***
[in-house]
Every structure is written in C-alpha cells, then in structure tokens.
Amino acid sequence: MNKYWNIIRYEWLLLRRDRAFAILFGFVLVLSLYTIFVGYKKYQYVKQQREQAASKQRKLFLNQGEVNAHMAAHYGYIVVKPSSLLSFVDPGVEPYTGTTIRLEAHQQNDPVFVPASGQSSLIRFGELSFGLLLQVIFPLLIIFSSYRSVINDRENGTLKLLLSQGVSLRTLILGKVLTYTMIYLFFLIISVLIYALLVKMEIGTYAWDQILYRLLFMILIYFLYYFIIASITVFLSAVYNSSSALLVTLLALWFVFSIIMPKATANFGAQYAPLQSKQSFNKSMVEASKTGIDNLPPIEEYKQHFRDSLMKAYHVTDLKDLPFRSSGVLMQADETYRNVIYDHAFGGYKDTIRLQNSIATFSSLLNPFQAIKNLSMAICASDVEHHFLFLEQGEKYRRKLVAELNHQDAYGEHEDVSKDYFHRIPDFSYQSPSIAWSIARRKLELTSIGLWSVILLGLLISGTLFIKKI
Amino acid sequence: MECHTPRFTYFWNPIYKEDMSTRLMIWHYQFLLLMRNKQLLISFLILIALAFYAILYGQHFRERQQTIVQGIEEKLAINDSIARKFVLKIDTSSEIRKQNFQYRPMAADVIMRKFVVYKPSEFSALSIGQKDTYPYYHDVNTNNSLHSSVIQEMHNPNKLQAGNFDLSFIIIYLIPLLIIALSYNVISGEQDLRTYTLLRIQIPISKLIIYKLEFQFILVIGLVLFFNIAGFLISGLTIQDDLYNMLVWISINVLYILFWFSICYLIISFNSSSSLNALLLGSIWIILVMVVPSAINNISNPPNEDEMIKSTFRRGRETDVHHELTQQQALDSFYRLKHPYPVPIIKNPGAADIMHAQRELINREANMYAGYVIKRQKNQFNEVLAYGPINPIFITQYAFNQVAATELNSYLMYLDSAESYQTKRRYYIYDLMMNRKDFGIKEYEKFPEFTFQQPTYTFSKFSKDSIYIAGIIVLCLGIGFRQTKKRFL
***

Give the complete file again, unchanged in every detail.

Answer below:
[in-house]
Every structure is written in C-alpha cells, then in structure tokens.
Amino acid sequence: MNKYWNIIRYEWLLLRRDRAFAILFGFVLVLSLYTIFVGYKKYQYVKQQREQAASKQRKLFLNQGEVNAHMAAHYGYIVVKPSSLLSFVDPGVEPYTGTTIRLEAHQQNDPVFVPASGQSSLIRFGELSFGLLLQVIFPLLIIFSSYRSVINDRENGTLKLLLSQGVSLRTLILGKVLTYTMIYLFFLIISVLIYALLVKMEIGTYAWDQILYRLLFMILIYFLYYFIIASITVFLSAVYNSSSALLVTLLALWFVFSIIMPKATANFGAQYAPLQSKQSFNKSMVEASKTGIDNLPPIEEYKQHFRDSLMKAYHVTDLKDLPFRSSGVLMQADETYRNVIYDHAFGGYKDTIRLQNSIATFSSLLNPFQAIKNLSMAICASDVEHHFLFLEQGEKYRRKLVAELNHQDAYGEHEDVSKDYFHRIPDFSYQSPSIAWSIARRKLELTSIGLWSVILLGLLISGTLFIKKI
Amino acid sequence: MECHTPRFTYFWNPIYKEDMSTRLMIWHYQFLLLMRNKQLLISFLILIALAFYAILYGQHFRERQQTIVQGIEEKLAINDSIARKFVLKIDTSSEIRKQNFQYRPMAADVIMRKFVVYKPSEFSALSIGQKDTYPYYHDVNTNNSLHSSVIQEMHNPNKLQAGNFDLSFIIIYLIPLLIIALSYNVISGEQDLRTYTLLRIQIPISKLIIYKLEFQFILVIGLVLFFNIAGFLISGLTIQDDLYNMLVWISINVLYILFWFSICYLIISFNSSSSLNALLLGSIWIILVMVVPSAINNISNPPNEDEMIKSTFRRGRETDVHHELTQQQALDSFYRLKHPYPVPIIKNPGAADIMHAQRELINREANMYAGYVIKRQKNQFNEVLAYGPINPIFITQYAFNQVAATELNSYLMYLDSAESYQTKRRYYIYDLMMNRKDFGIKEYEKFPEFTFQQPTYTFSKFSKDSIYIAGIIVLCLGIGFRQTKKRFL